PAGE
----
Pregnancy is a time filled with excitement and anticipation.While there is a lot to look forward to, there is one aspect that may worry some women: How much weight did you gain during pregnancy?
This article will explore how much weight women can expect to gain on average each trimester and what constitutes healthy weight gain, as explained by a veteran obstetrician-gynecologist.
When did you start gaining weight during pregnancy?
Pregnancy is divided into three months: the first lasts the first 12 weeks; the second trimester includes weeks 13 to 26; and the last trimester lasts from week 27 until the end of pregnancy, according to Nemours Kids Health.
“Most women start gaining weight in the second trimester,” says Dr.Adi Davidov, vice president and director of obstetrics and gynecology at Staten Island University Hospital in Staten Island, New York.
Pregnancy weight gain chart: what to expect
The Mayo Clinic says minimal weight gain is usually needed during the first trimester, which can help ease it if you experience morning sickness.
If you’re starting out at a healthy weight, your goal is to gain 1 to 4 pounds (0.5 to 1.8 kg) during the first few months of your pregnancy.
There is no need for extra calories, just a nutritious diet.
Guidance for later trimesters, especially for women who are underweight or starting at a healthy weight, emphasizes steady weight gain.
Expect to gain about 1 pound (0.5 kg) per week until birth.Consuming 300 calories daily—equivalent to half a sandwich and skim milk—can support this objective.
If you’re overweight, the advice translates to about one-half pound (0.2 kilograms) weekly during the later trimesters.
You can accomplish this by including low-fat milk, an ounce of cheese, and a serving of fresh fruit in your diet.
The American Pregnancy Association breaks down anticipated weight gain by trimester as follows:
- First trimester: 1-4.5 pounds
- Second trimester: 1-2 pounds per week
- Third trimester: 1-2 pounds per week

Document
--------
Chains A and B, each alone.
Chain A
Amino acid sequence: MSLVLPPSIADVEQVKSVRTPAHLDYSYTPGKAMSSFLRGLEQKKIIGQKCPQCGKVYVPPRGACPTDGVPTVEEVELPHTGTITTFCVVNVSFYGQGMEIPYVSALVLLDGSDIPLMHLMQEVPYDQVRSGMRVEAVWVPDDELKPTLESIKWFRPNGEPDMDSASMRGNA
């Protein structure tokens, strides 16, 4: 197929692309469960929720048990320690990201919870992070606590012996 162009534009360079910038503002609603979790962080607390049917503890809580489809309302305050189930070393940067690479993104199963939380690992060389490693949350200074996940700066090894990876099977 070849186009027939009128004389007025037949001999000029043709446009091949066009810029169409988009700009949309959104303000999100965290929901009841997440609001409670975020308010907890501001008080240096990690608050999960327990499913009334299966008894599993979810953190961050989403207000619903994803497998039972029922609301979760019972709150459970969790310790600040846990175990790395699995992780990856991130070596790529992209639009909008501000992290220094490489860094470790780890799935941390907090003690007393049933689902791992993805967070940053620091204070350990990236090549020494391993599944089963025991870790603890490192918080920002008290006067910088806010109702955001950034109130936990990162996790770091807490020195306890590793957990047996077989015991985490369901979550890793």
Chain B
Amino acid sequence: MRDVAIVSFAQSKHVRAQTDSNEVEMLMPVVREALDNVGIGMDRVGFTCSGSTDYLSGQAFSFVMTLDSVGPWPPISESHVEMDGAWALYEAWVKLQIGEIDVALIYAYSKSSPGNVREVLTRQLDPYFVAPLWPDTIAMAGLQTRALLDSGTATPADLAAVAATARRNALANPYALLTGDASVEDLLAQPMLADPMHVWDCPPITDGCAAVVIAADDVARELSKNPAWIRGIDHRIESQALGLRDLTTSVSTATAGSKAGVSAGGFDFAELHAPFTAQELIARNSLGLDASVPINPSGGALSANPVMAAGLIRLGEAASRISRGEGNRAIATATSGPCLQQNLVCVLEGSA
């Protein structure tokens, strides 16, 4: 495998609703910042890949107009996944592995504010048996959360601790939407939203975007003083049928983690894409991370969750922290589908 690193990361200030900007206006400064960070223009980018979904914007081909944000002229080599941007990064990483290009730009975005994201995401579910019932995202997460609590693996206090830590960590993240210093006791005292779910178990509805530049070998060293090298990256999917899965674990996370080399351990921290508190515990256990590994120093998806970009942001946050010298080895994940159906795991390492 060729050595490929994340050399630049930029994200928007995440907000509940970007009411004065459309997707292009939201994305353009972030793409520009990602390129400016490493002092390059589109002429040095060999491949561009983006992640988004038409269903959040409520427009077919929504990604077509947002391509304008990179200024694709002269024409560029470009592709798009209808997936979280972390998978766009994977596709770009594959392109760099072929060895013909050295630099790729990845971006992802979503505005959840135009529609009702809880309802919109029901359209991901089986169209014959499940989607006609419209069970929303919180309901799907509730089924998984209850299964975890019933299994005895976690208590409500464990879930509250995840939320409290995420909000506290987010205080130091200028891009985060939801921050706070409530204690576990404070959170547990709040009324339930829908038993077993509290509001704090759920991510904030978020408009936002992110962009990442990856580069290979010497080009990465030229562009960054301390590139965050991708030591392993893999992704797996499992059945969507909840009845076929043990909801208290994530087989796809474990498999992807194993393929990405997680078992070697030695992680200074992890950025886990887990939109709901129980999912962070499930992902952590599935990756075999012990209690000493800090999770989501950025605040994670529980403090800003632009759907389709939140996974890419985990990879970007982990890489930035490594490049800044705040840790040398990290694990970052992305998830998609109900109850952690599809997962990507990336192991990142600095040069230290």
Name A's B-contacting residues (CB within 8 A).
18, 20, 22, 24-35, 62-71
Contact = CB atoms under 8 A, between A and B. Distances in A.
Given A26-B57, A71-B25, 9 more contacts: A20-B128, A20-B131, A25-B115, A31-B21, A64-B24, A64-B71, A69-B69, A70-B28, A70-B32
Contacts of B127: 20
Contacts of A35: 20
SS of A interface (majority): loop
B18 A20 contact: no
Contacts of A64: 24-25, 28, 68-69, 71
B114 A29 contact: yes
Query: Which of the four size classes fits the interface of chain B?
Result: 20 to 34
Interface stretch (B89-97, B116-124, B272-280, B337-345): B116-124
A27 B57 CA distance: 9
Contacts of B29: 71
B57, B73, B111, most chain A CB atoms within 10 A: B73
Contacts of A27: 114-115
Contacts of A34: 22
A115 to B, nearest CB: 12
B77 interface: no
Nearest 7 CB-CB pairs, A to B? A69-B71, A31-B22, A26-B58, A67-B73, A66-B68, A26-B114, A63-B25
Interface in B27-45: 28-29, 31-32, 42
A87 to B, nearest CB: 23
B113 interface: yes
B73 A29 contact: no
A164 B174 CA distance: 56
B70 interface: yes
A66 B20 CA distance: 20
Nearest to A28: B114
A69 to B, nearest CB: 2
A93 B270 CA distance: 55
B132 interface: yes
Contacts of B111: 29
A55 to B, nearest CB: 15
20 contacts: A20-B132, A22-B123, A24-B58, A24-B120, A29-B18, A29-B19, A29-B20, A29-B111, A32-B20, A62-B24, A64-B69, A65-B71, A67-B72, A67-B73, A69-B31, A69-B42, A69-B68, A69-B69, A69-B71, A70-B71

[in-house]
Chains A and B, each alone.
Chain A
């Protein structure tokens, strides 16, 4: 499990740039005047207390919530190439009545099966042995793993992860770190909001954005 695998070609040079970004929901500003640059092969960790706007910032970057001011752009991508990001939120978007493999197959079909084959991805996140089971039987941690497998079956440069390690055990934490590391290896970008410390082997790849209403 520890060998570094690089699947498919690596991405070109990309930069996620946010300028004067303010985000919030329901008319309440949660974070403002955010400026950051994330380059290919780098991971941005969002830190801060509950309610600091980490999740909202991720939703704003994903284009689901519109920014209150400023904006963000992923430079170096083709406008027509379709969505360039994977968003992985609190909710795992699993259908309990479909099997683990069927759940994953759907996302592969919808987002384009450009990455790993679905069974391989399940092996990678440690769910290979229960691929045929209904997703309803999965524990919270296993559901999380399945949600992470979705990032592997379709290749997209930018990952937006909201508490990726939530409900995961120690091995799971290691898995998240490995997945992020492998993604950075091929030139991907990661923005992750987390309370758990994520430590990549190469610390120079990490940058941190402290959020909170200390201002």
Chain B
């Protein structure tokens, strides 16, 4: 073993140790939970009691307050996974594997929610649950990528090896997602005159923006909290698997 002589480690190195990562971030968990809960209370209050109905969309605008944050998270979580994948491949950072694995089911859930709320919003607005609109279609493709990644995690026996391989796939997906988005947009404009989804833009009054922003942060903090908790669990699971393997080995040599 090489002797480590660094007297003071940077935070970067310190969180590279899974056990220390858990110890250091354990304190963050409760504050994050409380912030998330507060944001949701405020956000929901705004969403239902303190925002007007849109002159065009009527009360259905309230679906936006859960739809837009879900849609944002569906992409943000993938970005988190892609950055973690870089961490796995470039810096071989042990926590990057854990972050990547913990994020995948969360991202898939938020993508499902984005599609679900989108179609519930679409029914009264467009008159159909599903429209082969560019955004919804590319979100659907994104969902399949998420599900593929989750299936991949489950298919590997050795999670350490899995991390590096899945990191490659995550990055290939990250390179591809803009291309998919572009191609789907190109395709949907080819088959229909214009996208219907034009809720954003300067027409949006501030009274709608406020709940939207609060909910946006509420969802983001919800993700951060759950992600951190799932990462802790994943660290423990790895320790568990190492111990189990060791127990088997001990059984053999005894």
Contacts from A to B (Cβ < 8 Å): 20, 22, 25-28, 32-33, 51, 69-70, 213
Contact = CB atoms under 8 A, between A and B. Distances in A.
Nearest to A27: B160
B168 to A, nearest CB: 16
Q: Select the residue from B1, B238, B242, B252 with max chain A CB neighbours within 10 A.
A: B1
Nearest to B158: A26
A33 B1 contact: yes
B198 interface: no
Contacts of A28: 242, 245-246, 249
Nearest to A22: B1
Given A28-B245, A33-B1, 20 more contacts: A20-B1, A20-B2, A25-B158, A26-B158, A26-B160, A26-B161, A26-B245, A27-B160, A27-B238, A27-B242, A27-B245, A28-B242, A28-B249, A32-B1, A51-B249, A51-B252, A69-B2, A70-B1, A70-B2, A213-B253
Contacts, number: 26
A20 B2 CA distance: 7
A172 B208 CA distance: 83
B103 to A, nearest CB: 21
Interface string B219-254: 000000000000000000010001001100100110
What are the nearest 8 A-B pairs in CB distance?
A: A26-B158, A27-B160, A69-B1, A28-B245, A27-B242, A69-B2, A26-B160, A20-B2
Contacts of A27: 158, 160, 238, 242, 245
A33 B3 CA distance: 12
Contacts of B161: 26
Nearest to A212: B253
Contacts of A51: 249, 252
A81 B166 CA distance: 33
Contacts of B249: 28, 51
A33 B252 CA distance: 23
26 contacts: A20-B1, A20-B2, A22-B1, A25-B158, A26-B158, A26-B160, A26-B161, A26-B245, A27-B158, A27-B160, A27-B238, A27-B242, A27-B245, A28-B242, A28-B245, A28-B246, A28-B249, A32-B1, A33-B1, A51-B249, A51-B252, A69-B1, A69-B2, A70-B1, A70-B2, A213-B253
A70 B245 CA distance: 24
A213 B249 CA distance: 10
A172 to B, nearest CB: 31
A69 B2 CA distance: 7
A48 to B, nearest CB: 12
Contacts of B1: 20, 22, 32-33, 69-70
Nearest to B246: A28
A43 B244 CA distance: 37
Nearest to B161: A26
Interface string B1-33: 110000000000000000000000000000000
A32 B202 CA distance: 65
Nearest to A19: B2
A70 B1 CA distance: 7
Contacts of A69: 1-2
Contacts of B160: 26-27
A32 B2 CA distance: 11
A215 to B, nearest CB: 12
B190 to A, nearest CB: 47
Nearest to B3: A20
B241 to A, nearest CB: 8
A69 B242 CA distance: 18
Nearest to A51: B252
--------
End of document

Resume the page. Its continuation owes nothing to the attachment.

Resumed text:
How much weight should you gain during pregnancy?
Though weight gain can vary from individual to individual, the U.S. Centers for Disease Control and Prevention more specifically state that the weight gain you should aim for during pregnancy depends on your body mass index (BMI) before becoming pregnant.
BMI is an estimate of body fat based on weight and height.
“For patients with a normal BMI, the recommended total weight gain during pregnancy is 25 to 35 pounds,” says Davidov.Women with a high BMI should gain less, about 20 to 25 pounds.Women with a low BMI should gain more weight, about 35 to 45 pounds.
Although advice may vary slightly by provider, here are some basic guidelines from the CDC:
- If, before pregnancy, you were underweight with a BMI under 18.5, you will gain 28 to 40 pounds.
- If, before pregnancy, you were of normal weight with a BMI of 18.5 to 24.9, you should gain 25 to 35 pounds.
- If, before pregnancy, you were overweight with a BMI of 25.0 to 29.9, you should gain 15 to 25 pounds.
- If, before pregnancy, you were obese with a BMI of 30.0 or higher, limit weight gain to 11 to 20 pounds.
- If you are pregnant with multiples, your weight gain expectations will, of course, be different.
“For women with a normal BMI, both excessive weight gain and minimal weight gain are considered unhealthy.
The exact number is not clearly established, but I often tell my patients that gaining more than 50 pounds or less than 10 pounds is unhealthy,” Davidov says.
Excessive weight gain is often caused by food consumption and a sedentary lifestyle, he says. The Cleveland Clinic points out that the risk of gestational diabetes is higher if the extra pounds come early.